Browsing category basic maths skills

Exchange rates on board

“Three teas, please,” said the passenger ahead of me in the queue. The Armorique was due in Plymouth any minute, and tea was of the essence. “That’s £4.65, or €5.601.” Hang on a moment, I thought, remembering to order my own tea as well. 560 isn’t a multiple of 3.

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On $0 \div 0$

A question that frequently comes up in the insalubrious sort of place a mathematician might hang around is, what is that value of $0^0$. We generally sigh and answer that the same way every time. It was nice, then, to see someone ask a more fundamental one: what is $0

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The Maths Behind… Cakes

“Cooking,” said my friend Liz in a recent Facebook post, “is one of the activities where maths is most useful in my everyday life.” She added this picture: I’ve got several reasons for wanting to share this. 1. It’s pretty much a model answer Imagine you’re in a GCSE exam,

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How the Mathematical Pirate works out the high times tables

“Arr!” said the Mathematical Pirate. “Pieces of eight!” said the Mathematical Pirate’s parrot. “How many pieces of eight?” “Seven!” “That’ll be… seventy and ten minus twenty and four, making fifty and six!” “Who’s a clever boy?” asked the parrot. “Awk!” — The Mathematical Pirate is, indeed, a clever boy. He’s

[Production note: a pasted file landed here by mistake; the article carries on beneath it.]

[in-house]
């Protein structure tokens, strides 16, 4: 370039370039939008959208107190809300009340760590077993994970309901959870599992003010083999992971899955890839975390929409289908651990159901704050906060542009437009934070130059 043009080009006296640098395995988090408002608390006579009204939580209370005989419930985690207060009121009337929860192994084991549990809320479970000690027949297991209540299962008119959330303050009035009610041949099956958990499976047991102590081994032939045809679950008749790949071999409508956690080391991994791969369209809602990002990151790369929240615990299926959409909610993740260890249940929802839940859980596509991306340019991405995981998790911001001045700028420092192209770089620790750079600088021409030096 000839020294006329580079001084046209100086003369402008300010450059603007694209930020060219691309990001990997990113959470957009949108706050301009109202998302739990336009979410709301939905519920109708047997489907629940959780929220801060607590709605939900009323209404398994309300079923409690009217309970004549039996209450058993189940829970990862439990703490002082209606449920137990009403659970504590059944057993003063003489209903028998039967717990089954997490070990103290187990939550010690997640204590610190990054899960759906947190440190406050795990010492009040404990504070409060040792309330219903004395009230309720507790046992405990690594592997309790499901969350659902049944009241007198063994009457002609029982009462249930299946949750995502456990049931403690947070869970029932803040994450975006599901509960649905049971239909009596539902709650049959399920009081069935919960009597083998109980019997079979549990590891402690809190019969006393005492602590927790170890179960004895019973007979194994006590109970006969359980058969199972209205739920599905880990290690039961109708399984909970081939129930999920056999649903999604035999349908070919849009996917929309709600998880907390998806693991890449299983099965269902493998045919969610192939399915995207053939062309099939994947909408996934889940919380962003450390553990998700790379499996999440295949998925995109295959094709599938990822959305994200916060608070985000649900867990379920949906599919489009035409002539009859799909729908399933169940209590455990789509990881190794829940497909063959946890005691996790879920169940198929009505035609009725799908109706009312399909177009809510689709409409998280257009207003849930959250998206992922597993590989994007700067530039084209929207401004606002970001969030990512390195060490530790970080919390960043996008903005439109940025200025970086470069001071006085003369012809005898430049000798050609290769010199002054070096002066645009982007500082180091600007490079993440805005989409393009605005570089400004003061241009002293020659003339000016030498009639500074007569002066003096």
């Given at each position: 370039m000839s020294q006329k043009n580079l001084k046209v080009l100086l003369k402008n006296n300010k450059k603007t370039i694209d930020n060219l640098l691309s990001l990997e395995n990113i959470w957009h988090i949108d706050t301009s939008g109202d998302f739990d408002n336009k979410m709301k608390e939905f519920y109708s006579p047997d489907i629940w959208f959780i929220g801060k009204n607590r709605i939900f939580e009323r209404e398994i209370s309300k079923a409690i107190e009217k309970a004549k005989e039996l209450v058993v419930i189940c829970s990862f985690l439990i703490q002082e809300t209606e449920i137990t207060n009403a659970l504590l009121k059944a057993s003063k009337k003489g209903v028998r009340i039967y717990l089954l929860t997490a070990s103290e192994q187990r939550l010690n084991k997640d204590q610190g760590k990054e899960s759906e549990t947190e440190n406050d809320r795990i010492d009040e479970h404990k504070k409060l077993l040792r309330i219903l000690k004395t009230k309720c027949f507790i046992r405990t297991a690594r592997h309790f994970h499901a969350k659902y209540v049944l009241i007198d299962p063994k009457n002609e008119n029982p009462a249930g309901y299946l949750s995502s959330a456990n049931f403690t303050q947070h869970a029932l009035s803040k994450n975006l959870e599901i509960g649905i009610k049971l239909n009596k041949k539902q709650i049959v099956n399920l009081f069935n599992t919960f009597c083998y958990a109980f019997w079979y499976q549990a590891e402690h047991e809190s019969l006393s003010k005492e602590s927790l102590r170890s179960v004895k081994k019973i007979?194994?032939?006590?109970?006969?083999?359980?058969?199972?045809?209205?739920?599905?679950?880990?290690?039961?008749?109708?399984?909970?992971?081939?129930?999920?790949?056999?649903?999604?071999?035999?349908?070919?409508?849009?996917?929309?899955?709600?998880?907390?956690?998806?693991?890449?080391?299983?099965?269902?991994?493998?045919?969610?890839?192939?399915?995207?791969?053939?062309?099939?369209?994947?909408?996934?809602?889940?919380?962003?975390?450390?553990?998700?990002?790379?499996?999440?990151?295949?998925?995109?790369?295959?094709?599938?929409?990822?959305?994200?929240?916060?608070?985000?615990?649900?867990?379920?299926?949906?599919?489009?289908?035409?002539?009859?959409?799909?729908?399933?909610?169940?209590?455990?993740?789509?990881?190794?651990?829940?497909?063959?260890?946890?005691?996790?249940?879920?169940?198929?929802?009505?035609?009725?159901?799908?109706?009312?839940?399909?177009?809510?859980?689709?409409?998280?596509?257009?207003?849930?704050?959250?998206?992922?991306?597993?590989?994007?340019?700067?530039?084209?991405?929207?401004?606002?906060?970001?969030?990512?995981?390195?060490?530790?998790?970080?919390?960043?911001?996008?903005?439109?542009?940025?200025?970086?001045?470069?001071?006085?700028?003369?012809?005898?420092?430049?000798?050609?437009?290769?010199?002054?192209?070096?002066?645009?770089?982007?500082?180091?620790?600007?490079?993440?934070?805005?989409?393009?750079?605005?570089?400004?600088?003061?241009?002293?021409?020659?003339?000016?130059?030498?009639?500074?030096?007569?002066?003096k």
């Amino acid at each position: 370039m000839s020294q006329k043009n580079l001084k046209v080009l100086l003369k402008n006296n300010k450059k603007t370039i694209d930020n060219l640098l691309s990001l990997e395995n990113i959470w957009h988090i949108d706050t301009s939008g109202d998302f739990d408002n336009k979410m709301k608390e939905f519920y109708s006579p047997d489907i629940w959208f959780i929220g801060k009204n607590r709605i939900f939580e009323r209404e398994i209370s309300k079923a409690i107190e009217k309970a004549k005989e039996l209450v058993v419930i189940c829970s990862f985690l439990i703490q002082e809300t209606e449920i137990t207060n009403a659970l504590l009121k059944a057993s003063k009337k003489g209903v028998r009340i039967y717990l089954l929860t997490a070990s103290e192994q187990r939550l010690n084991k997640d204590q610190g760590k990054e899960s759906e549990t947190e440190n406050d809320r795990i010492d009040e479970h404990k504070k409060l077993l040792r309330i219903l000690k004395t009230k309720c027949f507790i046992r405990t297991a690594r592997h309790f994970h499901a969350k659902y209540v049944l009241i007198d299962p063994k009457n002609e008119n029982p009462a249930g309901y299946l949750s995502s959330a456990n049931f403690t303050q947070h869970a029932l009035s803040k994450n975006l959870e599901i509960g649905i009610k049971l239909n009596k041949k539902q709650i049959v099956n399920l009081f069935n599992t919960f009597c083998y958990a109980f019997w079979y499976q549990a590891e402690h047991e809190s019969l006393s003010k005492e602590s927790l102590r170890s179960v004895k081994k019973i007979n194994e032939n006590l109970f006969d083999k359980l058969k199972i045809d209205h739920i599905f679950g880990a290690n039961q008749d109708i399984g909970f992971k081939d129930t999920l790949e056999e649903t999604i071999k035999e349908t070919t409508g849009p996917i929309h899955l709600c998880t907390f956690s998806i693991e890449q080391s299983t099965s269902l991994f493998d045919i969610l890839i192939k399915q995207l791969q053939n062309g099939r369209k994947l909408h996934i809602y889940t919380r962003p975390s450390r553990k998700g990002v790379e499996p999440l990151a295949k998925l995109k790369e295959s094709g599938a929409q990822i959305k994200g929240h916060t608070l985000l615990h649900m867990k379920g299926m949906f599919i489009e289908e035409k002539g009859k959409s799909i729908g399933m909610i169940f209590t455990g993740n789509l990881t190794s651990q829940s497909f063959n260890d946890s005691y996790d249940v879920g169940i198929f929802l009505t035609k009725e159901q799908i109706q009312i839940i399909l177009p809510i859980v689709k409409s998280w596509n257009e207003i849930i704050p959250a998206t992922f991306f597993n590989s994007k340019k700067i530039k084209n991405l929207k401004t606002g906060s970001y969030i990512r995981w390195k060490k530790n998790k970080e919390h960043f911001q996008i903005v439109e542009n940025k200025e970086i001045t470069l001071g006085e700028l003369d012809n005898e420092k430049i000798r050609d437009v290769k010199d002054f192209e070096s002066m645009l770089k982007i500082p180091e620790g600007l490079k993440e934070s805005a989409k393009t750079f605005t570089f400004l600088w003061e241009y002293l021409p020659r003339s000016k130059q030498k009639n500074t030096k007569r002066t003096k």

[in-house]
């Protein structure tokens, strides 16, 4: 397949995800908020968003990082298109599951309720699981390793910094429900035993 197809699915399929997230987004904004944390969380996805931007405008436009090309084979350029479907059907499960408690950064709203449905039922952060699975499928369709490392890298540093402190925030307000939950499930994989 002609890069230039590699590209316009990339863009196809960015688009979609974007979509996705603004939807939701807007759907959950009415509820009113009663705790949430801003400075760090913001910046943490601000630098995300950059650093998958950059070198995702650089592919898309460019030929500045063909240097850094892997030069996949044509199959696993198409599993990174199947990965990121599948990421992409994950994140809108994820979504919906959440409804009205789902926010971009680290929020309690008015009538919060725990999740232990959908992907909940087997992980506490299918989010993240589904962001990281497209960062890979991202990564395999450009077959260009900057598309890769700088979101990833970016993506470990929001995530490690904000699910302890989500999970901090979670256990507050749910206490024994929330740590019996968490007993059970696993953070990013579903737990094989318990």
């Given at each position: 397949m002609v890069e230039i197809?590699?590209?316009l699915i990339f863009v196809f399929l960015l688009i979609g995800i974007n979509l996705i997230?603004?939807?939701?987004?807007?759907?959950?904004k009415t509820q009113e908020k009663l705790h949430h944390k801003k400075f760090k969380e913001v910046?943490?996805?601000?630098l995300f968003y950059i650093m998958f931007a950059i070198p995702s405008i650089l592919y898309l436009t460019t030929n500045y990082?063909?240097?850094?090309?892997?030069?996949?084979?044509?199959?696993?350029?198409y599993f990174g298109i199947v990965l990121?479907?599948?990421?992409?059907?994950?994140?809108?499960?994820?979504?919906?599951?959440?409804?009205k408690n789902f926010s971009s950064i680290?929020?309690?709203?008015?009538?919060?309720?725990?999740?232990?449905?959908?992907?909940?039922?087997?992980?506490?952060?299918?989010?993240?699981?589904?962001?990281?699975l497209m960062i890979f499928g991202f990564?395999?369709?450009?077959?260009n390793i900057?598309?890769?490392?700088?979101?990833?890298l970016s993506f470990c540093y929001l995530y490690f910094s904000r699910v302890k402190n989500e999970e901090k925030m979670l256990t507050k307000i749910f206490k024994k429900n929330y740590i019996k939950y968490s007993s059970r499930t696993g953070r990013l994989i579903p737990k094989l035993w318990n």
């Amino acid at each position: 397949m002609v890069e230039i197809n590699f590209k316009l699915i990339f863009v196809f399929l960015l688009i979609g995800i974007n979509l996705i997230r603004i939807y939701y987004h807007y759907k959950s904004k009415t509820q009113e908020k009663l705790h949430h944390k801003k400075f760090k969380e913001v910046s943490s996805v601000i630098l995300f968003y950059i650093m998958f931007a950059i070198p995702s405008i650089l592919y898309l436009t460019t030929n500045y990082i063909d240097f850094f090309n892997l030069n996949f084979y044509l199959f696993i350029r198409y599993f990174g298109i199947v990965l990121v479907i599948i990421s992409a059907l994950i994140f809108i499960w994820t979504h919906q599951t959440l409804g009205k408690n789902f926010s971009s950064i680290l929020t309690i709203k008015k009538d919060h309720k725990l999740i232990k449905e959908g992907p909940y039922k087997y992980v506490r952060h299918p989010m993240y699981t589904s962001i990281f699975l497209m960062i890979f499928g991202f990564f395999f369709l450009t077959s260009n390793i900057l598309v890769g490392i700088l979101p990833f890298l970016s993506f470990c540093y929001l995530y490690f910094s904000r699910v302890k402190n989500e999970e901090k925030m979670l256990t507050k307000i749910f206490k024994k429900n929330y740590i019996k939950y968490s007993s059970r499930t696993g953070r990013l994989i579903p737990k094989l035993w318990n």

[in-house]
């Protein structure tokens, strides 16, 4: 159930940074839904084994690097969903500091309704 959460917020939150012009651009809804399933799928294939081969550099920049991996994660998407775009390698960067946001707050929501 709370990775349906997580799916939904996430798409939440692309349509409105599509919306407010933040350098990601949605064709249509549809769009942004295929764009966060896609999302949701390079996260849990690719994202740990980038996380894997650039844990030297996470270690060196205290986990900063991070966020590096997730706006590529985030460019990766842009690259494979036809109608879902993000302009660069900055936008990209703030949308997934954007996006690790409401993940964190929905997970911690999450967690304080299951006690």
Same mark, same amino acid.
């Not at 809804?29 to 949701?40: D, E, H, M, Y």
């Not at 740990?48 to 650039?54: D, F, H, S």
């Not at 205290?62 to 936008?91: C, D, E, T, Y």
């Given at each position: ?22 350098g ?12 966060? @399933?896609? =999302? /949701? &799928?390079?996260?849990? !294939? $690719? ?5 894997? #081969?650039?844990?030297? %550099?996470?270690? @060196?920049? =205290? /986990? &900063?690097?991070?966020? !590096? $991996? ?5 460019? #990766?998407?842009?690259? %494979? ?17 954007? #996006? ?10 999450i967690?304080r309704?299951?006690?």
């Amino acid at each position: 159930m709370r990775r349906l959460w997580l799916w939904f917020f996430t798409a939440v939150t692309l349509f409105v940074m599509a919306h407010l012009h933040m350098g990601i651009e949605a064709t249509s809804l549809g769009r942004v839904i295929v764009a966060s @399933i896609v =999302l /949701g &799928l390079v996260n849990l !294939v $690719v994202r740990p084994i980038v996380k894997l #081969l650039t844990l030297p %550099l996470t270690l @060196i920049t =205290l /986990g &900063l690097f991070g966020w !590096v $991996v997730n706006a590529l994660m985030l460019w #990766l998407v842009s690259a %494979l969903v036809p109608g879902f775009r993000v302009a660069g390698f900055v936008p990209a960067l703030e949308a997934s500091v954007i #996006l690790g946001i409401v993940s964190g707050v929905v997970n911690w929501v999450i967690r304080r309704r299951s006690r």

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The times table game

Every Friday afternoon, double maths with Mr Hutt: he would march up and down the classroom, barking: “Number seven: six times eight. Six times eight. Number eight: …” Twenty times tables questions, rapid-fire, scores kept. (One week, I fumbled $7\times 8$, blemishing my perfect score; Paul Edwards, on the other

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Ask Uncle Colin: These percentages don’t add up!

Dear Uncle Colin, I’m a bit confused! Someone told me that 40% of all Americans on welfare are black, which means that 66% of black Americans are on welfare. How did they work this out? I don’t get it, and it’s bothering me. — Always Back Equality Legistlation Hi, ABEL!

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Ask Uncle Colin: These alcohol-related figures look a bit fuzzy

Dear Uncle Colin, I was recently on a tour of a whisky distillery where the guide told us about the ‘angel’s share’: every year, 2% of the alcohol in a bottle evaporates. He went on to explain that a 25-year-old single malt would have half the alcohol it did originally.

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$6\times4$ or $4\times6$?

Every so often, a question that comes up that looks incredibly trivial, but – no matter how much each side protests that the preference doesn’t really matter – sets down clear divides in the maths community. My podcasting partner in crime-fighting @reflectivemaths (Dave Gale in real life) stumble upon such

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Why $17 \times 24$ isn’t 568

“You would not be certain that $17 \times 24$ is not 568.” – Daniel Kahneman, Thinking Fast And Slow Thanks to Alice for pointing out that yes, she bloody well would. Most people under 50 in the UK would reach for a calculator, or possibly a pen and paper to

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TMTOWTDI: Subtraction

“There’s more than one way to do it.” – Perl programming motto One of my few regrets about writing maths books is that I usually only get to show one way of doing things – and that gives the impression that I believe Method X is absolutely, no questions, the

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